However, there were many gut-wrenching twists still to come in this game! Morris didn’t play the standard “bridge-building” technique, and instead ran out with his king, being checked from pillar to post by the White rook. In the end the Black king ended up on the back rank, with the f-pawn poised to queen, as it had been for many moves.
Once again, we seemed to be on the verge of victory, but Morris wanted to avoid some stalemate tricks – which didn’t actually exist, as it turned out, but it was a reasonable practical worry. Watching live, I felt sure he would play the simple rook retreat, 85…Rf8, which would have taken away all stalemate possibilities, and left White with no checks, and the Black f-pawn free to queen.
However, I almost had a heart attack when Morris instead decided to sacrifice his rook to allow the pawn to queen, allowing a notorious queen-versus-rook ending! A computer with tablebases can win these easily, of course, but in practice there are some tricky pitfalls, which Morris went on to demonstrate!
I could barely watch, as Morris trapped his opponent’s king in the corner, which is a perfect recipe for kamikaze rook checks. It looked as if White had cottoned on to this idea, and I thought the game would be drawn for sure (remember that we needed the full point to win the match!). I could not believe my eyes as the East Ham player missed the right way to continue the checks, and Morris was winning again!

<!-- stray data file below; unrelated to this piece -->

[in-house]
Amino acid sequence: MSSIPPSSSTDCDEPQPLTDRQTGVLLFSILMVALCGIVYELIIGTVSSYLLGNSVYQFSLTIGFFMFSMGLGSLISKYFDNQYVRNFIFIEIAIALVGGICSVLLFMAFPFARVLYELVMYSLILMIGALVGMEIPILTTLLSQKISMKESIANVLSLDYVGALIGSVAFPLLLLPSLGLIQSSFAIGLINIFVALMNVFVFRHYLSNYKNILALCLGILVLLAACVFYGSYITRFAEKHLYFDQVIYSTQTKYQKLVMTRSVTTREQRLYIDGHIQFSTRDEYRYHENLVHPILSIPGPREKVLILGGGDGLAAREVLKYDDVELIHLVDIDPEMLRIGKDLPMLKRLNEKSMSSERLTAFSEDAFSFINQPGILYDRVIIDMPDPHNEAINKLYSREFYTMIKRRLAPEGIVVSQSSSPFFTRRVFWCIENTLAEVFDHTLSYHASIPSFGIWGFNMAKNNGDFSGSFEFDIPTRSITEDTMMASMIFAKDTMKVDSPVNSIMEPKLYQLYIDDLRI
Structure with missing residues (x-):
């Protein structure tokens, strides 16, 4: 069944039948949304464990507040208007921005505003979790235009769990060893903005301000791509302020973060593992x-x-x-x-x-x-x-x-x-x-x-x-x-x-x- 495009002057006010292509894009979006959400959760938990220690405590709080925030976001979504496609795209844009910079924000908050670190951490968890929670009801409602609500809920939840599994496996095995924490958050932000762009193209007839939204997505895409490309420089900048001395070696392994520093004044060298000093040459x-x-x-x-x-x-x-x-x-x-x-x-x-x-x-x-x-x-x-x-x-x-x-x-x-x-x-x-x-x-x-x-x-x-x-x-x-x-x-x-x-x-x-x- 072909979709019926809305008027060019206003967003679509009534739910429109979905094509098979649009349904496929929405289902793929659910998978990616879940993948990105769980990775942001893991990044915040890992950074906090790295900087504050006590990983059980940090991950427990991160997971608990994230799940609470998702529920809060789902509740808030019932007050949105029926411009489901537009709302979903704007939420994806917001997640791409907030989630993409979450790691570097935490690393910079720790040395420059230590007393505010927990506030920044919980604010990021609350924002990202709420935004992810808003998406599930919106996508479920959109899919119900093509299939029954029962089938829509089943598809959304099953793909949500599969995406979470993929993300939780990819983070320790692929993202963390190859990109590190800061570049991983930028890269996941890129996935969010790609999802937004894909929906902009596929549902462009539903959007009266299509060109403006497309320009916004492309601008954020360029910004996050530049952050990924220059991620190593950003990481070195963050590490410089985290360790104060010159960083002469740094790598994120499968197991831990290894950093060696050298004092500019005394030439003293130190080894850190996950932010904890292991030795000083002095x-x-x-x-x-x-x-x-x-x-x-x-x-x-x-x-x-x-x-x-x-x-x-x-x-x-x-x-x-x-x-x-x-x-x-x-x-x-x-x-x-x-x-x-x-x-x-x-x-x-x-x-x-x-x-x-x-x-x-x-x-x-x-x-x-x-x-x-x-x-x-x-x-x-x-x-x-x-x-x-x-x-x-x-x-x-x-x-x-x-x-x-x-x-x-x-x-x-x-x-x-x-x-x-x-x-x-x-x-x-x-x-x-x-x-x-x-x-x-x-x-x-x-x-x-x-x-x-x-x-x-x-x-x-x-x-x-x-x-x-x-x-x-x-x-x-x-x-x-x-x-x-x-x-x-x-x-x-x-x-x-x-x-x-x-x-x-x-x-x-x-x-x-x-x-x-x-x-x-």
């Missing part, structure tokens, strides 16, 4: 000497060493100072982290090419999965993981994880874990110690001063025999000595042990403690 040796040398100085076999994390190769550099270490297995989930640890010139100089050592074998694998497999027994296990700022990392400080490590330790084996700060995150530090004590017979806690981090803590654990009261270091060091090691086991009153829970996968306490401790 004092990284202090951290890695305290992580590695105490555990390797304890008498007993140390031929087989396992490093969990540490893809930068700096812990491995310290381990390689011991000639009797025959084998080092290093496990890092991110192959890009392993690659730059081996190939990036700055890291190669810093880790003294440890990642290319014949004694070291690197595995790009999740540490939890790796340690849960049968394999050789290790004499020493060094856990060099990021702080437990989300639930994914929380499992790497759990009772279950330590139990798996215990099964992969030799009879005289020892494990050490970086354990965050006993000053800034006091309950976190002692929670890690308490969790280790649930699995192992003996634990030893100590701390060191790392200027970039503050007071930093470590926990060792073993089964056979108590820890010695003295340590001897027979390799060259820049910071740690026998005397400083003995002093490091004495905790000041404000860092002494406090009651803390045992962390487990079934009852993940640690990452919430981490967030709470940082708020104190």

Finally, Morris was able to corner the White king, and his opponent resigned on move 112!
I really have never seen a game quite like that one, let alone a decisive one for the match! The sheer number of tricky endings we went through, with the f+h-pawn rook ending bouncing between drawn and won, then White allowing the Lucena position, then Morris going for queen-versus rook rather than just queening the pawn, then both players slipping up in regard to the stalemate tricks… I still can’t quite believe it all happened, even now!